Wednesday, September 17, 2014

Small House Living

It happens all the time. I get excited about an article entitled something like "How We do X with a Small House" or "Maximize Your Space in a Small Kitchen". Living small is one of my pet topics. I click on the link. Maybe it has some useful tips.

Then, I see that the house in question has a basement for storage, the small kitchen is three times the size of mine, and the house has two, yes, TWO bathrooms. I get indignant. No, no, you do not have a small house. Get out of here, you can't even play this game, you are unqualified. 

We live in a tiny old tenant farm house which suffered a few random additions over the years, ultimately concluding with less than 1,000 square feet of total space. Far from a micro-home, it probably was closer to average just fifty years ago. We do not have a basement. We do not have a garage. My laundry room is a stacked washer and dryer in a corner of the kitchen. I know people with homes like ours who do it with six times as many children, and I pray they are richly blessed with creative storage solutions.

Do you want to know if your house is small? Here is a quiz I created to find out:

If someone gives you something you would really like to own, do you immediately have to consider where it will be stored in your home and what you may need to get rid of in order to keep it?

When you get chilly, is it viable to heat up a couple rooms by baking something in the oven or putting a load of laundry in the dryer?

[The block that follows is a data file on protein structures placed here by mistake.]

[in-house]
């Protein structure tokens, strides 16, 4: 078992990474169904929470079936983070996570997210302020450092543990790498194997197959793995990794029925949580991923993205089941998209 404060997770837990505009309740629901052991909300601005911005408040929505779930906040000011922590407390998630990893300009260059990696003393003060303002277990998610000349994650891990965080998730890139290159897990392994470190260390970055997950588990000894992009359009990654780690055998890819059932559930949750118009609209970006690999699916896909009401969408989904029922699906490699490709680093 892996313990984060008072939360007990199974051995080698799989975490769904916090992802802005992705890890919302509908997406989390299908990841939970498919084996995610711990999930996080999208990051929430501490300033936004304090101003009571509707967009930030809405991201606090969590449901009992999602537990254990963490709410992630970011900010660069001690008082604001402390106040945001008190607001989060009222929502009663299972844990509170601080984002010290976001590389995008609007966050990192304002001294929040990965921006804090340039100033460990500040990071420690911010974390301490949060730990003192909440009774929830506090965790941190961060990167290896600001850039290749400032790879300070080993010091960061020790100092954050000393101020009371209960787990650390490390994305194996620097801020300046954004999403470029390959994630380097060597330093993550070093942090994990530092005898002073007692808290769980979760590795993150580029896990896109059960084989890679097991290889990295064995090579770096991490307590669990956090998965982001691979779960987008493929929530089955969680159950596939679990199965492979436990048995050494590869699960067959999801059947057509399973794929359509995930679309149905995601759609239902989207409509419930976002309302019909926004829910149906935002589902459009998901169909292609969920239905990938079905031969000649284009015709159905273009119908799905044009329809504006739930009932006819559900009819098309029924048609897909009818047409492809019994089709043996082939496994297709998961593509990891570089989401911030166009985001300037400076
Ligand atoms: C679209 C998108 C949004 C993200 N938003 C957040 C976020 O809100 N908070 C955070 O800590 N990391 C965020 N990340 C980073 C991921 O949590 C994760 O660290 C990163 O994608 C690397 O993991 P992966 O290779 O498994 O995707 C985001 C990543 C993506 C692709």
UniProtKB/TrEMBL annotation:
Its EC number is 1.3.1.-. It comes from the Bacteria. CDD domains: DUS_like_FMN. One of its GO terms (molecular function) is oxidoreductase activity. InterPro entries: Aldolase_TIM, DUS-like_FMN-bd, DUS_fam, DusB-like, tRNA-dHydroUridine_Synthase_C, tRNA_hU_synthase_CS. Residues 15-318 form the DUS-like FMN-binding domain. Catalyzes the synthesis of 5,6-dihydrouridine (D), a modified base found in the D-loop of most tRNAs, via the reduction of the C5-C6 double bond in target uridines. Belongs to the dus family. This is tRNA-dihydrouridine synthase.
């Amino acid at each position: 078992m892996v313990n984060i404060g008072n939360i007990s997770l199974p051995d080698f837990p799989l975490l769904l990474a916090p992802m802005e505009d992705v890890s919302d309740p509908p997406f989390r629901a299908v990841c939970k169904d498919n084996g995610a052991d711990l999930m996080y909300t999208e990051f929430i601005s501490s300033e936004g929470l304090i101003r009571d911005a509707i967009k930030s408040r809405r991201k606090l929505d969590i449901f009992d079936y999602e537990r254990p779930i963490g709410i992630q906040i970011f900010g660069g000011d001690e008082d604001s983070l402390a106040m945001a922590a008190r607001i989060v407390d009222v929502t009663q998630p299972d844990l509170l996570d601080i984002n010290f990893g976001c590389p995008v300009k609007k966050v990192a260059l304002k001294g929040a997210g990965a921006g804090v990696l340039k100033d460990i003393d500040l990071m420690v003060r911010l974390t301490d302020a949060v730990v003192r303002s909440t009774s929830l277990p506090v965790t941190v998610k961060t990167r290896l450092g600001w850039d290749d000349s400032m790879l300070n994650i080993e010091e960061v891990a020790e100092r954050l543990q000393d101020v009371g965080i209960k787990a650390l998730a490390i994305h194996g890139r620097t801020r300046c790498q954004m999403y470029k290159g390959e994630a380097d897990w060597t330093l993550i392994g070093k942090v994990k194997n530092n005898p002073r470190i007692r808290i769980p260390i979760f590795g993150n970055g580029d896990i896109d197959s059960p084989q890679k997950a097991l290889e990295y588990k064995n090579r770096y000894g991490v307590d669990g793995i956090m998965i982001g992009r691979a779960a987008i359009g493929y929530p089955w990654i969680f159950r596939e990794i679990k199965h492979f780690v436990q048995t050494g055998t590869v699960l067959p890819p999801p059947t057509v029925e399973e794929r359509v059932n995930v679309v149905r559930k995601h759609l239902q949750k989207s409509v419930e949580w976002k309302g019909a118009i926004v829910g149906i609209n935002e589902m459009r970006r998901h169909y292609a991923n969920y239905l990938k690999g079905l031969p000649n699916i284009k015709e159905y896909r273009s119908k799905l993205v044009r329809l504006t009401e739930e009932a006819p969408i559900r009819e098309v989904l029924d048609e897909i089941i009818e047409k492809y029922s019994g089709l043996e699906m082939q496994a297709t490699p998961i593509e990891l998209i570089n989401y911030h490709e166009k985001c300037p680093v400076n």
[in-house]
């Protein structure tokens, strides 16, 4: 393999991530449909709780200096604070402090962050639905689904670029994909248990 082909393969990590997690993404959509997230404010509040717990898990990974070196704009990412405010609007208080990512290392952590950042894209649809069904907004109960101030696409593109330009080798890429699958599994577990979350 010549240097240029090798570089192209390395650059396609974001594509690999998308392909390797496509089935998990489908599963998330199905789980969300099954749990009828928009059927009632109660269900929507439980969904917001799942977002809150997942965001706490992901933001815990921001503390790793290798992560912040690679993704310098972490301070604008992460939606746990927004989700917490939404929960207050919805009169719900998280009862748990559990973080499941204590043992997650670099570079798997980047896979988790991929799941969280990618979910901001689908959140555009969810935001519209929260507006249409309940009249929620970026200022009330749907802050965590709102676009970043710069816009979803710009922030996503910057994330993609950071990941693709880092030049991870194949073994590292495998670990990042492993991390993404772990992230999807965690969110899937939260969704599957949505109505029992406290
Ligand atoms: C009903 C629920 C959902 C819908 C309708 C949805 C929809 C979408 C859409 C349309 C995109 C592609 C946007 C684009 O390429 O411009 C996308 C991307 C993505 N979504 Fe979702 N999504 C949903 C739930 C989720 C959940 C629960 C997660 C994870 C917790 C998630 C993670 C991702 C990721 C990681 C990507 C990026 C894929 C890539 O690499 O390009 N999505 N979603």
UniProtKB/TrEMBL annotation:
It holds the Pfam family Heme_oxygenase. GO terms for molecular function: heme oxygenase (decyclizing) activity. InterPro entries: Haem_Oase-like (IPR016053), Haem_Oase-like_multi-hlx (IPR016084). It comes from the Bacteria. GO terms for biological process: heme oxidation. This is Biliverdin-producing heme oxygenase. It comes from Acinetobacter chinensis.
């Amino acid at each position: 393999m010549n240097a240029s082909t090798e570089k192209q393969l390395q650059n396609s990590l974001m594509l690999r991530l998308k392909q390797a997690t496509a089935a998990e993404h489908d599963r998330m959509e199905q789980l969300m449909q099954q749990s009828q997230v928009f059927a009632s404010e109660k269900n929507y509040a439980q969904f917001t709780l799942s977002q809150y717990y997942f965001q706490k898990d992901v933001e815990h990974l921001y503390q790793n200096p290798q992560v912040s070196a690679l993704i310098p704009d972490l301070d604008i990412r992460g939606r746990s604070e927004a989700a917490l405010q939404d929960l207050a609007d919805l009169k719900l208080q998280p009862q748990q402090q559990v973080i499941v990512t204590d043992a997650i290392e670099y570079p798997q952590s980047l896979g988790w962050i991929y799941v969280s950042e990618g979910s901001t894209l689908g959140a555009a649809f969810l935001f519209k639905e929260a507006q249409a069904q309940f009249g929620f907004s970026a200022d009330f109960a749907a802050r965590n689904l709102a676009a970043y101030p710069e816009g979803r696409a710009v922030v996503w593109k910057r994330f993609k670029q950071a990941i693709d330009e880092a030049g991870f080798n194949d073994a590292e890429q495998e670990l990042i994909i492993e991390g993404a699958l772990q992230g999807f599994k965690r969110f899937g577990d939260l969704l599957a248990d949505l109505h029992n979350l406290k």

Is your food preservation strategy to place an empty jar everywhere you can fit one, in all kinds of crazy places, and then fill as many as you can?

When it comes to family planning, are you concerned about the possible legal implications of a one child per square foot ratio?

If you answered yes to all four, then you are in the big little-house leagues. If you got two or three out of four, you are in the game. If you answered no to all three, then you are a spectator. Enjoy your indoor swimming pool.

No great honor comes with living in tight quarters. I am not more spiritual or virtuous because I live in a smaller than average one-story doll house. There are a few hidden blessings, which I've mentioned here in the past. In general, less cleaning, less clutter, smaller bills.

I also have no magical formula for living small with great ease. 

Well, okay. I've picked up a few reliable tips:

For instance, try to make the most out of storage space underneath large furniture. For instance, here are some things we store under the couch:


Likewise, you should try to utilize overhead space above doors and windows. For example, I hung an organic insect control device on the kitchen ceiling. No one but me has noticed it, and I hope it will help with the late summer fruit fly problem.

Alright. It's a spider, and it moved there on its own. Who can blame it? It must enjoy a cozy habitat where every room smells of a freshly baked pie, a warm fire heats even the farthest nook on the coldest day, and the family living space is always full of life.

Even though we'll likely build a modest addition in the future, I'm choosing contentment for now. You can never have too much of it, and it's a good fit for any home. Sometimes I lose it, grow discontent, and have to find it again. When that happens next time I'll just look under the couch. 

16 comments:

  1. When we owned our home, it was a whopping 761 sq. feet and we were quite content! Took no time to clean!

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    1. Wow! I'm sure that gave you time to do plenty of other things. Thanks for sharing that!

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  2. Love your sense of humor! You are very gifted with words.